Q. I remember back at the end of World War II there was a small, white house built in the middle of the Belleville Public Square where the fountain is now. What can you tell me about it?
-- Angela Breidenbach, of Belleville
A. The U.S. was still clawing its way out of the Great Depression, but you would have never known it by reading the Belleville News-Democrat on Sept. 18, 1935.
"Opportunity is knocking at the door of every man, woman and child in this vicinity right now," the front-page editorial proclaimed underneath a headline that featured lyrics from the song "Happy Days Are Here Again."
"The nation is well advanced in the recovery stage ... Business is improving and an air of confidence is in the air."
Never mind that the Roosevelt administration was trying every trick in the book to kick-start the nation's economy. Never mind that the unemployment rate, though falling, was still at 20 percent and industrial production remained 25 percent lower than it had been in 1929 before the bust hit.
No, forget the doom and gloom. In early 1935, the News-Democrat decided to don rose-colored glasses and launch a campaign of optimism that it hoped would infect the city. Working with the city's Junior Chamber of Commerce, the paper wanted to put smiles back on residents' faces -- and cash into local merchants' registers.
"The tone of these articles was one of jubilation and optimism, imploring people to see the recovery all around them and to do their part to raise spirits" according to William P. Shannon IV, curator of the St. Clair County Historical Society, in an article he wrote for a recent society newsletter.
The campaign culminated in a huge three-day gala Sept. 19-21, a combination picnic and shopping spree that the paper called Opportunity Days. And one of the opportunities was a chance to win the refurbished house you remember sitting in the middle of downtown Belleville nearly 80 years ago.
According to Shannon, the three-room structure originally sat somewhere in the 200 block of West Washington Street and was in need of a major makeover. So in March 1935 it was moved to the Public Square during the Belleville Recovery Crusade, another public effort to address hardships of the time.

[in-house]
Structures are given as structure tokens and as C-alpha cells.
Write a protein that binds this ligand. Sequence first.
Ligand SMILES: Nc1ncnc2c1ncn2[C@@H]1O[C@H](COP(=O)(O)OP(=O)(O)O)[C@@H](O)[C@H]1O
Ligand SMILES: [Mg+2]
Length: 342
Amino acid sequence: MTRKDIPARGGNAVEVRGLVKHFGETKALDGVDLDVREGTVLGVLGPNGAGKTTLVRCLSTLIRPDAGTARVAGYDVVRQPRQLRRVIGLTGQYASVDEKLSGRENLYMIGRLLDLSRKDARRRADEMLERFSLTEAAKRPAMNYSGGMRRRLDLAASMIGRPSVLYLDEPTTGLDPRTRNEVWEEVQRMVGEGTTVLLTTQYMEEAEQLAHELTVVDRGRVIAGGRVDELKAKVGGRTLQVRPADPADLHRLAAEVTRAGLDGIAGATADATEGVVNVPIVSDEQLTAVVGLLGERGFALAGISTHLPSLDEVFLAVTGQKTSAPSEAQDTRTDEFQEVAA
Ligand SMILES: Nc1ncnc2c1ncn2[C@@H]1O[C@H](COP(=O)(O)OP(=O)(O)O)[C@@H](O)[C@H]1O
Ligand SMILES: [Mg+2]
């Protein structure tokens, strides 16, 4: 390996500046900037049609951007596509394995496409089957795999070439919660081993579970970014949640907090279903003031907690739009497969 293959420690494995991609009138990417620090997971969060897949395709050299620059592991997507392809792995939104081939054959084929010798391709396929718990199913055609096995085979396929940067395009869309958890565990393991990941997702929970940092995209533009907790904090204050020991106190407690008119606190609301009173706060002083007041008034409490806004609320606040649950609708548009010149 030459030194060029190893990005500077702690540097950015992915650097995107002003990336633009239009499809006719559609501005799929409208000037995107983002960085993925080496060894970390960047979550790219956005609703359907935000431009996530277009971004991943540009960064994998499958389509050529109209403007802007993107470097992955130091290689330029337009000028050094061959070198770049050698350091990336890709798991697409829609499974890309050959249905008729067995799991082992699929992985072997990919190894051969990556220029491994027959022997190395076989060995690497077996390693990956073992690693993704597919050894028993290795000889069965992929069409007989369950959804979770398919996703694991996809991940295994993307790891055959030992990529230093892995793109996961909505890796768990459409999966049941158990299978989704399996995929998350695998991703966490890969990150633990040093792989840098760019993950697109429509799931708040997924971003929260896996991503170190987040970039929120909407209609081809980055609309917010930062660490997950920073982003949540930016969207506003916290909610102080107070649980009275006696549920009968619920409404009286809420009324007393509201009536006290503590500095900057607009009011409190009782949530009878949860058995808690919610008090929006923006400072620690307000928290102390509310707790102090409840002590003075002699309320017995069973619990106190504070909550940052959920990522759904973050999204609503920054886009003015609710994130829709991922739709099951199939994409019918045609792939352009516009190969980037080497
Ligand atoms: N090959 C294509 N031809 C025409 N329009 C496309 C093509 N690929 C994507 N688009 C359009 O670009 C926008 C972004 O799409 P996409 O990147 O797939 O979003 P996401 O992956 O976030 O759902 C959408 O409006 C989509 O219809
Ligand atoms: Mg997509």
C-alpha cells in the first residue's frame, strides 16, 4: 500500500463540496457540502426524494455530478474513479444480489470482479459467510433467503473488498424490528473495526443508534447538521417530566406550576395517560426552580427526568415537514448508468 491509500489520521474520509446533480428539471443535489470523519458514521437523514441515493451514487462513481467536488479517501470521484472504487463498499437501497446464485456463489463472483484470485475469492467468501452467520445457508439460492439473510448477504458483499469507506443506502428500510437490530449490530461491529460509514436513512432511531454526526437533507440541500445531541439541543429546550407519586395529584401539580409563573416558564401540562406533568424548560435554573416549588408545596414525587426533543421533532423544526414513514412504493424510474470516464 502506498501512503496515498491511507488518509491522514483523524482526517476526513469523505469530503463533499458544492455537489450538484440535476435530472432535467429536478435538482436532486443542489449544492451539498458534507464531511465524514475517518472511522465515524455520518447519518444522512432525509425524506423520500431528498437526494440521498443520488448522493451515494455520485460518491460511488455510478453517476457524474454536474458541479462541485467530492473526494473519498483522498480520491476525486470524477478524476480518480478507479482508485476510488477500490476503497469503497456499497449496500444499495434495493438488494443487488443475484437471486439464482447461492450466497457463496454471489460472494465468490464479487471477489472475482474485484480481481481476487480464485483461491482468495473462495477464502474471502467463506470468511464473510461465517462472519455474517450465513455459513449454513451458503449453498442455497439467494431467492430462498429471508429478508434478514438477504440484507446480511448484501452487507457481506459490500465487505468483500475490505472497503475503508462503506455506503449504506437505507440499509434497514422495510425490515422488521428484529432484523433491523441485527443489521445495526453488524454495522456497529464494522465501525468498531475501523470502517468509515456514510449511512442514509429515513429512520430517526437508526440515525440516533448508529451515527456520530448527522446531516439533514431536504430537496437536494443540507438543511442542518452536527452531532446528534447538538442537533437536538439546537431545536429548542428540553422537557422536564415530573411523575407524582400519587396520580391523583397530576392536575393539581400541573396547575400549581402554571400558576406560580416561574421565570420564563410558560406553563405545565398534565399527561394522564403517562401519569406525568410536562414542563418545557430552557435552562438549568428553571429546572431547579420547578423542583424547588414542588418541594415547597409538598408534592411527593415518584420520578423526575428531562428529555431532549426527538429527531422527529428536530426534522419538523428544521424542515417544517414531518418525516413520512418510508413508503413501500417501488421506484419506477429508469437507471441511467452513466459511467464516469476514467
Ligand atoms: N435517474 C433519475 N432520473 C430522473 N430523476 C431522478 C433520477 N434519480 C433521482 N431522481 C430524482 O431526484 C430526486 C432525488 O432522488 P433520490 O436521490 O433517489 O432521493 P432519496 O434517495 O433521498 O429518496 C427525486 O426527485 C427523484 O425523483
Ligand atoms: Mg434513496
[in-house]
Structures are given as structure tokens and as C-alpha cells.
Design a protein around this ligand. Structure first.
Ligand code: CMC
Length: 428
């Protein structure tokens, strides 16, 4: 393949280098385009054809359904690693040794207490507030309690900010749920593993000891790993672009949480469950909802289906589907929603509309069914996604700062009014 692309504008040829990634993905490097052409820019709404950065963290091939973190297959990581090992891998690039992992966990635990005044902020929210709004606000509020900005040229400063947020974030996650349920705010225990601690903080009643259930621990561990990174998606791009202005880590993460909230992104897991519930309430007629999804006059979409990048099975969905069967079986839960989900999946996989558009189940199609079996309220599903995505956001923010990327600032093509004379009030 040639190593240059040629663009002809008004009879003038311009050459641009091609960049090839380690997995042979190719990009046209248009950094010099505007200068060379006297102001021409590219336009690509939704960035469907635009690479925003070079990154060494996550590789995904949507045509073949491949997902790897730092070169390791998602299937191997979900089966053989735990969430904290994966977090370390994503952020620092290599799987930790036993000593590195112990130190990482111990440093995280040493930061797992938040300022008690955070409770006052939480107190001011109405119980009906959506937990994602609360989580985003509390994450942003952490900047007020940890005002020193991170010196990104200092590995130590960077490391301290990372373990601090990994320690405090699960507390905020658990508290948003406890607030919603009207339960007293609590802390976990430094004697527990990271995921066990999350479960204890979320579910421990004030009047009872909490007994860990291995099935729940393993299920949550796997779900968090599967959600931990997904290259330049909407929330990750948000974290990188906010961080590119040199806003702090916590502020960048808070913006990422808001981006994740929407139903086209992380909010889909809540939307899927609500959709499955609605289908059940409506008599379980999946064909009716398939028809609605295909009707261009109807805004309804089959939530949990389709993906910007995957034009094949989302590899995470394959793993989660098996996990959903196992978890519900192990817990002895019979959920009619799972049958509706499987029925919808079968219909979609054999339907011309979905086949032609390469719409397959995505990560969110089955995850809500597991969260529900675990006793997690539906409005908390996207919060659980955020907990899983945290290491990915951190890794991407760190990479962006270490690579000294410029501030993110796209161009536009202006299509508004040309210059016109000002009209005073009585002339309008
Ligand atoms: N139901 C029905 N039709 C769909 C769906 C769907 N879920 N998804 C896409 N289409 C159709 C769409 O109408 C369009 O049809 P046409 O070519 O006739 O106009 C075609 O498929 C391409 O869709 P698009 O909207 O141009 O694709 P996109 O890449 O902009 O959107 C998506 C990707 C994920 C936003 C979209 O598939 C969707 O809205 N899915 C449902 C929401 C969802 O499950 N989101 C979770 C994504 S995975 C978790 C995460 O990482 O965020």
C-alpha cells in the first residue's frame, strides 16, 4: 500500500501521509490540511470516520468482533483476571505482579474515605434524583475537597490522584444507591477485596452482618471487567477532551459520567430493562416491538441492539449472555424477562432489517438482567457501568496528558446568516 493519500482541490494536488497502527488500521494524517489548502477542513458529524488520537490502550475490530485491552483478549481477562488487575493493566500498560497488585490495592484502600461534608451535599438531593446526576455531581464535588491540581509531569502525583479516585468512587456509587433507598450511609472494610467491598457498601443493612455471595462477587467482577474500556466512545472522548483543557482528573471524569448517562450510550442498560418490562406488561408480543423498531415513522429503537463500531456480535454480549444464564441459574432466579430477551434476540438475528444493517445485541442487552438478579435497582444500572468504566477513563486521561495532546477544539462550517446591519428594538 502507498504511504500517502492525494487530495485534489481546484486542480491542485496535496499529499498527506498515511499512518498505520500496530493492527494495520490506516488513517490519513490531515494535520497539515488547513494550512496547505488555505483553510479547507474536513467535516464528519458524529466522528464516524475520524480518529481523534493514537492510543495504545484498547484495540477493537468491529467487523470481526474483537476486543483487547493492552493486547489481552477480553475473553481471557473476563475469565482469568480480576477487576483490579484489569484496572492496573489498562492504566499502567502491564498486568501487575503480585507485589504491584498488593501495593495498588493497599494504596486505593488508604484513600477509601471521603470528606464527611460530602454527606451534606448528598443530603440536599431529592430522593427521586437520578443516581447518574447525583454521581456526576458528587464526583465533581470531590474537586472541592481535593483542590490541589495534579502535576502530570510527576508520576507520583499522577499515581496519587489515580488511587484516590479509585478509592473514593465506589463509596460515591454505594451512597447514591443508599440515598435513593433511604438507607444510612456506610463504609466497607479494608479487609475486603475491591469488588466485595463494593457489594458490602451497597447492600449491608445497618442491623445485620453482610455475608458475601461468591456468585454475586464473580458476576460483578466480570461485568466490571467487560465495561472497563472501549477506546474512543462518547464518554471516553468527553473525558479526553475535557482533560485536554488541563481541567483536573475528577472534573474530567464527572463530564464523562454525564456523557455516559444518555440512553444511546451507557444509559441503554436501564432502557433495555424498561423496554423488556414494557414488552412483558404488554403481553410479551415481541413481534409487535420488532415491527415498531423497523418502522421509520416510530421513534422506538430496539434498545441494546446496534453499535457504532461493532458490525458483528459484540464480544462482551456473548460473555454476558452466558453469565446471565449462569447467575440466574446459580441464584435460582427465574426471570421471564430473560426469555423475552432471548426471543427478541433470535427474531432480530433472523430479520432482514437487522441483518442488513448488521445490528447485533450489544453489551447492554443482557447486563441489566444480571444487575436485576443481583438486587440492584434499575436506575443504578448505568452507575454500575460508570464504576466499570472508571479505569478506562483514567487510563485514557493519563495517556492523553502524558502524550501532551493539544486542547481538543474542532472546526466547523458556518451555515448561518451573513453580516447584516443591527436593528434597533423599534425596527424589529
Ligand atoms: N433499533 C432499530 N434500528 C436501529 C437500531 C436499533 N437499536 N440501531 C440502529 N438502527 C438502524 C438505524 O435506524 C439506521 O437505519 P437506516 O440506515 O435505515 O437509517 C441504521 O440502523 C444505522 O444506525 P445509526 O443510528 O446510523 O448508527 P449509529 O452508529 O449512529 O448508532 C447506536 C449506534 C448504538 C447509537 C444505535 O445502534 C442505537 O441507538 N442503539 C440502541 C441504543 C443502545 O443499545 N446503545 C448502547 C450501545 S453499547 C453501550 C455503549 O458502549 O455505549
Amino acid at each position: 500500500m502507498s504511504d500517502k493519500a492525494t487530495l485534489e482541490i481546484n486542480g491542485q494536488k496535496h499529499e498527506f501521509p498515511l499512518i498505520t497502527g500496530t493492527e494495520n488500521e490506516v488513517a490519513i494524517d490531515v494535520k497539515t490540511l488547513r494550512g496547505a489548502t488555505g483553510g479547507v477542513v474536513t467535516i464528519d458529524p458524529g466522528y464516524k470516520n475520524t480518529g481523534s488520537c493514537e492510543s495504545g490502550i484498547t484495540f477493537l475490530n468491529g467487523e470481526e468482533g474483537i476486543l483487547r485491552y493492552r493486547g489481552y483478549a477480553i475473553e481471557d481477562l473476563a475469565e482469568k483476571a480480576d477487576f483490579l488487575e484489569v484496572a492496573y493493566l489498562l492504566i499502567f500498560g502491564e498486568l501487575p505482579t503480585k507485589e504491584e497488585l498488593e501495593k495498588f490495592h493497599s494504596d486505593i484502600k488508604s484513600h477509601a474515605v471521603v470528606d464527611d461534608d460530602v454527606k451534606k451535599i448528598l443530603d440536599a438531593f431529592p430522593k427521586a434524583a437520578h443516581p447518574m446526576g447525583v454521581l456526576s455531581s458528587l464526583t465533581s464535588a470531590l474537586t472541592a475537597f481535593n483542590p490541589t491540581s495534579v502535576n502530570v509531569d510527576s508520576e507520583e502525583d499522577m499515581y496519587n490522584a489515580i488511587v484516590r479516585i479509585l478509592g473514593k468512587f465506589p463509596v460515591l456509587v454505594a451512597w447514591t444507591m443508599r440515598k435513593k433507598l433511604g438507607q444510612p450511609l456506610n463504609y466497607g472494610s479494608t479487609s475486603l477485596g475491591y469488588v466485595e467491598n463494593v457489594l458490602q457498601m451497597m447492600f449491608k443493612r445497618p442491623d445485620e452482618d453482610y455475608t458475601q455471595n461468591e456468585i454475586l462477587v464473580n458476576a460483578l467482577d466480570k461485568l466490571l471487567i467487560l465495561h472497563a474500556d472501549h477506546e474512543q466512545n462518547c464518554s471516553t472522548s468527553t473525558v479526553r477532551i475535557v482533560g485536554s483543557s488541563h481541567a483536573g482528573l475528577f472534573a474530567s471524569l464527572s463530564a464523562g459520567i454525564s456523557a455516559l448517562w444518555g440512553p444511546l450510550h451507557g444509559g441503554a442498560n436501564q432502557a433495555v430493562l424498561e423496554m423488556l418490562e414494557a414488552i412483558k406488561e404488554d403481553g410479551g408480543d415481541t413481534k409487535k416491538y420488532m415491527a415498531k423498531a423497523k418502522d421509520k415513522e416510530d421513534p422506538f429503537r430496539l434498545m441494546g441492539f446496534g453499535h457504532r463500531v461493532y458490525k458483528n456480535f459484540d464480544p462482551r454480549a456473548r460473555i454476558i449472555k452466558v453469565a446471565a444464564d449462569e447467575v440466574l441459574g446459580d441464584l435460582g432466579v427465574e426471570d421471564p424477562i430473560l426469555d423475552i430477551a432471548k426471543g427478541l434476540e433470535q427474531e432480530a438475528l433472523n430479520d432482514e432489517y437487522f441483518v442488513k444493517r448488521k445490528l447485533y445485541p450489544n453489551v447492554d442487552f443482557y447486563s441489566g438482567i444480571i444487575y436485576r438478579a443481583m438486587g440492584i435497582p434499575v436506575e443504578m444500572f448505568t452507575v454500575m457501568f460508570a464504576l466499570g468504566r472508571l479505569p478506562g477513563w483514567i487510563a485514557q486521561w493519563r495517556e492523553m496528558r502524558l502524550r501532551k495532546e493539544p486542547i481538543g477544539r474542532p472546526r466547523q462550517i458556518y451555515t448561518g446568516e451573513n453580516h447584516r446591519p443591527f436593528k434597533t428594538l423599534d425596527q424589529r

There, Shannon said, it was remodeled, complete with a new carport, trees and picket fence. The rejuvenation was done through Belleville's Better Housing Project, which, in turn, was part of the Federal Housing Administration's efforts to improve living conditions and the country's housing stock.
"Before the Second World War, most Americans didn't own the homes in which they lived," Shannon said. "The house was moved and renovated to encourage the idea of home ownership."
For the next seven months, the Junior Chamber of Commerce sold chances to win the house at 50 cents a pop. At least 25,000 people toured the house, so anticipation was likely running on overdrive by the time Opportunity Days opened.
By any measure, the festival was a success, according to the News-Democrat, which, through its Opportunity Days Edition on Sept. 18, encouraged readers to open their wallets and take advantage of extended store hours.
"On Thursday, Friday and until late Saturday night, the cash register bells in the store of the merchants continually chanted a merry tune," the paper reported the following Monday.
But more than just a shopping fest, it was an attempt to establish a Belleville homecoming to lure back former residents to see how well the city was doing. And come they did. "Unprecedented crowds" (an estimated 15,000) filled downtown for a huge float parade, children's parade, canine contest and plenty of dancing, food and drink.
The climax came when the "house on the Square" was awarded to Mrs. Julia Newa, of 2011 Madison St., in what proved to be a fitting close to this celebration of optimism. Newa said her family had lost its home during the Depression and "was elated over the gift," according to a story in the Belleville Daily Advocate.
About a month later, the house was moved to its current site. According to local historian Judy Belleville, it stands now at 1701 N. Charles St. at Sherman (161), providing lasting lessons that we might be wise to remember today.
"What it ... did was show people that amidst despair and darkness, there can be glimmers of hope for the future," Shannon said. "It showed people that it was OK to get out and have fun. It showed business owners that there might indeed be light at the end of a long tunnel.
"Lastly, it showed that with a little bit of money and a little bit of luck, life can take an unexpected turn for the better."
Who designed the Statue of Liberty's iron skeleton for French sculptor Frederic Auguste Bartholdi?
Answer to Saturday's trivia: Born as Thomas Woodrow Wilson, the nation's 28th president was known as "Tommy" through his college days. Then, he dropped his first name in favor of "Woodrow" -- his mother's maiden name.
Send your questions to Roger Schlueter, Belleville News-Democrat, 120 S. Illinois St., P.O. Box 427, Belleville, IL 62222-0427 or email@example.com or call 239-2465.